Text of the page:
For the first time in 12 years the West Indies won back-to-back Tests at home. The last time West Indies won two Tests on the trot anywhere, was a decade ago in Bangladesh. On a day when several men from the Caribbean were in the spotlight at the sprints in the Olympics in London, the cricket team did their fans proud at home.
New Zealand were at the receiving end of a five-wicket defeat in the second Test at the historic Sabina Park in Kingston, Jamaica. The win, set up by strong bowling performances in both innings, Kemar Roach was the hero in the first innings and Narsingh Deonarine came to the party in the second, left New Zealand blanked out 0-2.
If West Indies' bowlers set the game up, credit must go to their batsmen for following through, in particular Marlon Samuels, whose 123 accounted for nearly 59% of the 209 runs West Indies managed in the first innings. West Indies went into the fourth day on 135 for 4, with 71 runs still needed to cap off a much-needed series win. Fittingly, Shivnarine Chanderpaul, unbeaten on 20, was at the crease, with Roach, the nightwatchman, for company. Chanderpaul has been the backbone of West Indies' batting over the last decade, and he was helped in no small part by Roach, who batted with freedom on a pitch that most batsmen found difficult to master.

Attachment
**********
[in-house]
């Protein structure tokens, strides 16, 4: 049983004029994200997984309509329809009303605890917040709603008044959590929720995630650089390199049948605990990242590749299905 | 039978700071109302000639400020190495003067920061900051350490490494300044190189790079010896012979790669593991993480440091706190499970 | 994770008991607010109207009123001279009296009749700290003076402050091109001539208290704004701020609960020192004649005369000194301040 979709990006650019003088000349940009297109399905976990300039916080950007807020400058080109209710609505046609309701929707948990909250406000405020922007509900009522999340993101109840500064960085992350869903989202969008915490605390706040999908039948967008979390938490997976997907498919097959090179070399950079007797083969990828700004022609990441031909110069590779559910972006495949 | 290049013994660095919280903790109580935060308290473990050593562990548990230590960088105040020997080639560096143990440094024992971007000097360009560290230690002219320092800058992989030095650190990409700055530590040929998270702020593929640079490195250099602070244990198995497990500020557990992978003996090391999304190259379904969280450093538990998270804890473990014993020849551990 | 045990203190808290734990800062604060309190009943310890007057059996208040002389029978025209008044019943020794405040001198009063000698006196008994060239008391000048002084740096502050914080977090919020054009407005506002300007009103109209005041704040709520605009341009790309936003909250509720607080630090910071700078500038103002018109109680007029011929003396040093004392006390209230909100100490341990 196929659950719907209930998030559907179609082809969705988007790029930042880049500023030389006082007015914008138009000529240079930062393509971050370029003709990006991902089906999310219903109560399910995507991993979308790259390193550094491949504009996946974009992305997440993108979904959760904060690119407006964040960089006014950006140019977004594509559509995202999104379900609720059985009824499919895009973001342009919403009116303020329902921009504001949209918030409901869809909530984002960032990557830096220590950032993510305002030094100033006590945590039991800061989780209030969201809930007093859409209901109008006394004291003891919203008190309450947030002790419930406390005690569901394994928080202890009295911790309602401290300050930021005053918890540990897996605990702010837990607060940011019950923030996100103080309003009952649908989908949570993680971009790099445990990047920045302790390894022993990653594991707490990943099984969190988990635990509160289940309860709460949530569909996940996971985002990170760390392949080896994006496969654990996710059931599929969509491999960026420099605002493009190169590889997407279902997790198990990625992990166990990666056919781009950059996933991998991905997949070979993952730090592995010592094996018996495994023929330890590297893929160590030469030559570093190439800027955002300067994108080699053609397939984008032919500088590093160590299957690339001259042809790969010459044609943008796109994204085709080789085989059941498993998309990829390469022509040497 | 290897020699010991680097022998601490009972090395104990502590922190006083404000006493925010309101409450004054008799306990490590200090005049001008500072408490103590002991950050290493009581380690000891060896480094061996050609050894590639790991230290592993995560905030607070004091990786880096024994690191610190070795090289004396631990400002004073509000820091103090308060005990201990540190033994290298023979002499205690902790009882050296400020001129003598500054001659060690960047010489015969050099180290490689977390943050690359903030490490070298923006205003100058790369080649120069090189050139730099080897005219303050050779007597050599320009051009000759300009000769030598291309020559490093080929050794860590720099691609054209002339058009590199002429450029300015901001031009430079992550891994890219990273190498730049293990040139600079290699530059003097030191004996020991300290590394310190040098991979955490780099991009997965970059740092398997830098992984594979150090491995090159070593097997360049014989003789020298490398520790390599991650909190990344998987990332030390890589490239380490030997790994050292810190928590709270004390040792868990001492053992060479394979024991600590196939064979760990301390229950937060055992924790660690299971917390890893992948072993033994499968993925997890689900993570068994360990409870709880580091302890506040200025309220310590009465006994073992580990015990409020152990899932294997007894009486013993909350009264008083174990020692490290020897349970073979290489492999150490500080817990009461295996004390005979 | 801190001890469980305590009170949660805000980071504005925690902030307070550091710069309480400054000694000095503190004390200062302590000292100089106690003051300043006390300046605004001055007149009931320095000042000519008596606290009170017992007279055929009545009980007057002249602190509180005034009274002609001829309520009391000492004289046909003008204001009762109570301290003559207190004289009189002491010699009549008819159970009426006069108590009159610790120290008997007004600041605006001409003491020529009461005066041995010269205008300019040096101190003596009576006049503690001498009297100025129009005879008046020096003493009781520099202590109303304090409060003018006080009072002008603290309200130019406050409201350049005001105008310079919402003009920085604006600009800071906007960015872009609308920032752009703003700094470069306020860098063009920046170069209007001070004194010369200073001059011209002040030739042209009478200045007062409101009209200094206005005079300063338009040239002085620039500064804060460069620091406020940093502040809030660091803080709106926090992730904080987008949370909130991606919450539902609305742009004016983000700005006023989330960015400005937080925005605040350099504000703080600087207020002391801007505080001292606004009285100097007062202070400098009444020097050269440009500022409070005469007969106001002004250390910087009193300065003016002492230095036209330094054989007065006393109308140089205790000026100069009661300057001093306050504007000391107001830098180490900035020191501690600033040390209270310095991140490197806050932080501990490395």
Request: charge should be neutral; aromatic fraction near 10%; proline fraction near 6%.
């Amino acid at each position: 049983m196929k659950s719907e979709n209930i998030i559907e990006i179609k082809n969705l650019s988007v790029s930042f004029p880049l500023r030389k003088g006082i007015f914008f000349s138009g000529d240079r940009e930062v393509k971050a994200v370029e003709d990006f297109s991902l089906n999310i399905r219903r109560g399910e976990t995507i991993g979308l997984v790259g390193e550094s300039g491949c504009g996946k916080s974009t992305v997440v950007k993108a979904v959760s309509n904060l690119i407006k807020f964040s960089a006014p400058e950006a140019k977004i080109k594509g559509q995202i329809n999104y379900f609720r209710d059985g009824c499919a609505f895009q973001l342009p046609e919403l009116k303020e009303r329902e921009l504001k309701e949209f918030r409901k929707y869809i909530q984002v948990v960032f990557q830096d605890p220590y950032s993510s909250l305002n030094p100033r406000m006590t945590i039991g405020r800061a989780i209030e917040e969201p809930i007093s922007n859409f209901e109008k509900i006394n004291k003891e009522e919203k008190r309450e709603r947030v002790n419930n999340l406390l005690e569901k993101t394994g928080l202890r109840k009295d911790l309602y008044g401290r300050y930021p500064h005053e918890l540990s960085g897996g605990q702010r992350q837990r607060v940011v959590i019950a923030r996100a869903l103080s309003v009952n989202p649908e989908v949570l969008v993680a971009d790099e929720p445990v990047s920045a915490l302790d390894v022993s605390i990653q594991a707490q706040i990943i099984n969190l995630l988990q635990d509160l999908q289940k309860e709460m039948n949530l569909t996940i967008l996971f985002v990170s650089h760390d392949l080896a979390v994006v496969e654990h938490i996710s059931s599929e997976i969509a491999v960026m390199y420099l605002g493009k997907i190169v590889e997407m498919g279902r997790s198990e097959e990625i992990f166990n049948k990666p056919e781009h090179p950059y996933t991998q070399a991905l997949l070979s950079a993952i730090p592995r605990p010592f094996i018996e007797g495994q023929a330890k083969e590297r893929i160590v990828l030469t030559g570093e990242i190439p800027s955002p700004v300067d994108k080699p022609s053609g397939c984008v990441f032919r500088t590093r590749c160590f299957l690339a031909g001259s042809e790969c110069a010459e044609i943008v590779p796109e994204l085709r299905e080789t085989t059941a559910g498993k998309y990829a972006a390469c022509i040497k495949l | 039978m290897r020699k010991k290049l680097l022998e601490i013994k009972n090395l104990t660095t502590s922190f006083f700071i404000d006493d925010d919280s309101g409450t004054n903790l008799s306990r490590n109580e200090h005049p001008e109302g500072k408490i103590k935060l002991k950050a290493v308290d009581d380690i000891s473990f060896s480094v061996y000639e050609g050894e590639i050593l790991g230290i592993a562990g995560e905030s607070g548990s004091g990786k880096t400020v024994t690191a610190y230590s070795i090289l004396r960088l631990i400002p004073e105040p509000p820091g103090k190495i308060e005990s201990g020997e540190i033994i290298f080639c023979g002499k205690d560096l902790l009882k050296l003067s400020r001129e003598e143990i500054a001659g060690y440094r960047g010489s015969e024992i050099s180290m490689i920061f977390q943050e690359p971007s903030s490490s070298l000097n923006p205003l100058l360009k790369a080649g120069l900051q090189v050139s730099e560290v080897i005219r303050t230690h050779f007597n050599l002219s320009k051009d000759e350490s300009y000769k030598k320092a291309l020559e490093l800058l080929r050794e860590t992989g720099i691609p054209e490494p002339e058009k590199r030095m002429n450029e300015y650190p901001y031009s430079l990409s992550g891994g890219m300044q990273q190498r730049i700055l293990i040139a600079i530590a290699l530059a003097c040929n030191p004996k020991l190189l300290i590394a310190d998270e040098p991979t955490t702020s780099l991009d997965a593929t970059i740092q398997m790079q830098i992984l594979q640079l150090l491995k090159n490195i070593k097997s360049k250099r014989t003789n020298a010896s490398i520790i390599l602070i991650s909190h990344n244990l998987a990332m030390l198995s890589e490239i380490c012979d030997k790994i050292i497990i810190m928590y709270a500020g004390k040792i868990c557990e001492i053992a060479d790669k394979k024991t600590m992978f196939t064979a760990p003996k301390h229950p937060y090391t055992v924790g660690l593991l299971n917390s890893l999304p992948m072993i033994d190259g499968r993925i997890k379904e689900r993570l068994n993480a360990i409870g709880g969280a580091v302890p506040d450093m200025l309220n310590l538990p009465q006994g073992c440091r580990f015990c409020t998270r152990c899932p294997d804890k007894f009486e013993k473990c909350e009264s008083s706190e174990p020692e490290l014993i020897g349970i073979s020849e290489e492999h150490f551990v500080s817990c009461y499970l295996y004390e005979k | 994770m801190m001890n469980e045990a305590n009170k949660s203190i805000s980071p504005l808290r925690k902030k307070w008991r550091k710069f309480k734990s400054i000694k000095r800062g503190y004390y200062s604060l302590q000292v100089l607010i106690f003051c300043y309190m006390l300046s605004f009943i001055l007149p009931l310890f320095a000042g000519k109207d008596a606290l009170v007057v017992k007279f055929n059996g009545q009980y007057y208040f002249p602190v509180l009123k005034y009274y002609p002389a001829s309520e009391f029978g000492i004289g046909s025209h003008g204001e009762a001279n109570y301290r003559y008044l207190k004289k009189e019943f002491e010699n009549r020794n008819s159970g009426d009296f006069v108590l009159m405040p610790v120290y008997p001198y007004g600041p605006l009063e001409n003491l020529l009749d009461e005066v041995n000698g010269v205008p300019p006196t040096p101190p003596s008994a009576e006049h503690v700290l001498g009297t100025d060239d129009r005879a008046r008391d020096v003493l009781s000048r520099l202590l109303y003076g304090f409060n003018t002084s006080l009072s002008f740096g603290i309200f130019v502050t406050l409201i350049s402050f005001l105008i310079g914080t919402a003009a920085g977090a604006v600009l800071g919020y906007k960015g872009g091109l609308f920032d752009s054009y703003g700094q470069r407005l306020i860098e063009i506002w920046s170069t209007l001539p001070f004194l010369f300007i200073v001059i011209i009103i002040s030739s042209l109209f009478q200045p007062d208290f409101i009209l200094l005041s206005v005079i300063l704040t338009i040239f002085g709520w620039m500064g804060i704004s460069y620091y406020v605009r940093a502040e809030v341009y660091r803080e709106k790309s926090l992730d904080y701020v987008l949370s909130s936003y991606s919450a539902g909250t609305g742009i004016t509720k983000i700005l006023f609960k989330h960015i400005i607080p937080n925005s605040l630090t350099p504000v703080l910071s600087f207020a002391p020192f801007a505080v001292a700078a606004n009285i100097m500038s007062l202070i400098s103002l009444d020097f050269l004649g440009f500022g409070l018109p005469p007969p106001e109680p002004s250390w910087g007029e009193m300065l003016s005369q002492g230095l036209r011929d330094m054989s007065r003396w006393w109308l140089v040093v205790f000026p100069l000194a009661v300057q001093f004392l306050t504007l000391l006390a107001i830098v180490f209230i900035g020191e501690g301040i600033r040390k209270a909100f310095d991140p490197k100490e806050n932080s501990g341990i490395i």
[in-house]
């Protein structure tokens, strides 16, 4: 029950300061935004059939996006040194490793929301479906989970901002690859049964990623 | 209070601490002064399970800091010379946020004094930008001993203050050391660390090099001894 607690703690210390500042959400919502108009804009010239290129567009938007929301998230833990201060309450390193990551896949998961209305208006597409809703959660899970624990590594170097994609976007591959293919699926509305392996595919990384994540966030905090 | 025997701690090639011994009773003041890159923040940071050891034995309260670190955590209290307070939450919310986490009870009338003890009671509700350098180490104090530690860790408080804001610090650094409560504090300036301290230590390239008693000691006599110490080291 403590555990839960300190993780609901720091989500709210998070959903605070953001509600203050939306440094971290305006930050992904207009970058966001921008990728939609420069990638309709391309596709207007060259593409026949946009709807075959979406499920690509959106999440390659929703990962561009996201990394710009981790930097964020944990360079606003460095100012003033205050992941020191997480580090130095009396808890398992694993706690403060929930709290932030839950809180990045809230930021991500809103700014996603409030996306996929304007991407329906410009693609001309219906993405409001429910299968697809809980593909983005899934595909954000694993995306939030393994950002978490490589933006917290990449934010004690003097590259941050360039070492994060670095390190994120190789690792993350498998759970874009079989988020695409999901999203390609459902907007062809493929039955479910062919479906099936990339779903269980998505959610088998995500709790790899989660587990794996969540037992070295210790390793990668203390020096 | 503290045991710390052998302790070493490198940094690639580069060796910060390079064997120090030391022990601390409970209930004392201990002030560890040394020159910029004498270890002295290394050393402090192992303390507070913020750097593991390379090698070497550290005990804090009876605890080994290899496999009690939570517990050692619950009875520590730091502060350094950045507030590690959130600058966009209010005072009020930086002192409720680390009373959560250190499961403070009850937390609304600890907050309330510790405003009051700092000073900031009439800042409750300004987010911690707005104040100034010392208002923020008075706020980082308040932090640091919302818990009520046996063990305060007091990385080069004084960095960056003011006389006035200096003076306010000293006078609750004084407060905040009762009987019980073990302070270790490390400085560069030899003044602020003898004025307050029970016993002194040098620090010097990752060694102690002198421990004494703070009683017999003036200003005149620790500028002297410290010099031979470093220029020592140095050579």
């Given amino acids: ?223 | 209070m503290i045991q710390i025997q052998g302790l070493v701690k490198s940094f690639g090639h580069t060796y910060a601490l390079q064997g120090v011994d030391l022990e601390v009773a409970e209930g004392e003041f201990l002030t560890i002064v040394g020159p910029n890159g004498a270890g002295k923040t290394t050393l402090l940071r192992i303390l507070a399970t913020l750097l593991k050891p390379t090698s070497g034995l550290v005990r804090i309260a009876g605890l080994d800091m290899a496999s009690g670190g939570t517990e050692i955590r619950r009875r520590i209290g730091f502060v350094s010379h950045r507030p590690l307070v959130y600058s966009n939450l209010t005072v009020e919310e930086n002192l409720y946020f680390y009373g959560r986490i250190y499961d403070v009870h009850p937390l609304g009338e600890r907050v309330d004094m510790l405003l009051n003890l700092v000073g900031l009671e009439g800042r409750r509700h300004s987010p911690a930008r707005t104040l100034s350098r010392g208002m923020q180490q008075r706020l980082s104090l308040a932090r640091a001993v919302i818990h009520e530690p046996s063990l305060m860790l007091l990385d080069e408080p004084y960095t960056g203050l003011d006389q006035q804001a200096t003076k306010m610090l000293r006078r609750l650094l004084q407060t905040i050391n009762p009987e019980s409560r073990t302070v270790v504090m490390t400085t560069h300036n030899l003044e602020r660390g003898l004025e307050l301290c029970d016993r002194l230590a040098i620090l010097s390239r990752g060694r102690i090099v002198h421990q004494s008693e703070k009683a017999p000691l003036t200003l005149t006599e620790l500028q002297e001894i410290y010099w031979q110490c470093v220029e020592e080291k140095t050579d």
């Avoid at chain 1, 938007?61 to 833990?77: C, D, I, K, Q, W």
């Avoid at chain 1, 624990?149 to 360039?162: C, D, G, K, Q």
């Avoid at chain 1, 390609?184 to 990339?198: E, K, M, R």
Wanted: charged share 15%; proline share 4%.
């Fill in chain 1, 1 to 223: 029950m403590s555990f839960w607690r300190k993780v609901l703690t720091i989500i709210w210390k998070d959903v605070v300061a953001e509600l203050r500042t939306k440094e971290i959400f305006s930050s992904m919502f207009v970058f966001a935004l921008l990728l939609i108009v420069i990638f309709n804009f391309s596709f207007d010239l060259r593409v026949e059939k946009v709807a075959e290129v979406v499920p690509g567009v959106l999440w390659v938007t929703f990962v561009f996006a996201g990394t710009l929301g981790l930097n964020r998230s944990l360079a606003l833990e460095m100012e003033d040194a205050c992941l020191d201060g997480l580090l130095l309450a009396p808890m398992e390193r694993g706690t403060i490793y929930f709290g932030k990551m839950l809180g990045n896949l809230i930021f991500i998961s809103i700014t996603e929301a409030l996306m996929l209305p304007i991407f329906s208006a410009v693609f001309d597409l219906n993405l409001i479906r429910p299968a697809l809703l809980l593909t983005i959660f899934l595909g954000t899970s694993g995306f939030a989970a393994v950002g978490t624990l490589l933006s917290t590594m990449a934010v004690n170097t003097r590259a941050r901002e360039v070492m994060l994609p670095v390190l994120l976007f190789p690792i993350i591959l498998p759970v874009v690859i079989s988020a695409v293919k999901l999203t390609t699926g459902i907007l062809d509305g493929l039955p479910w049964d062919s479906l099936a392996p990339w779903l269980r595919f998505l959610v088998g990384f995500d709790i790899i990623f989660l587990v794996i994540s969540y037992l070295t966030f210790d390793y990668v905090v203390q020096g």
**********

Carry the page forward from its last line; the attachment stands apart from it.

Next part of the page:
Roach made the most of his promotion to No. 6, attacking when the opportunity presented itself. Tim Southee found out the hard way as Roach took him for two boundaries in the 46th over of the innings, the first a smack back past the bowler and the second a backfoot punch over point that raced to the fence. While Roach ensured that West Indies did not get bogged down in pursuit of the small target Chanderpaul concentrated on keeping his end up. With his third boundary, a slap through cover off Neil Wagner, Roach brought up the half-century partnership for the fifth wicket, and even the threat of tropical storm Ernesto heading Jamaica's way could not deny the West Indies.
When Roach finally fell on 41, slashing Kane Williamson to Southee at point, he had taken West Indies to the doorstep of victory. Chanderpaul (43 not out) and Deonarine, ensured that there were no more hiccups, reaching the target of 206 in the 64th over.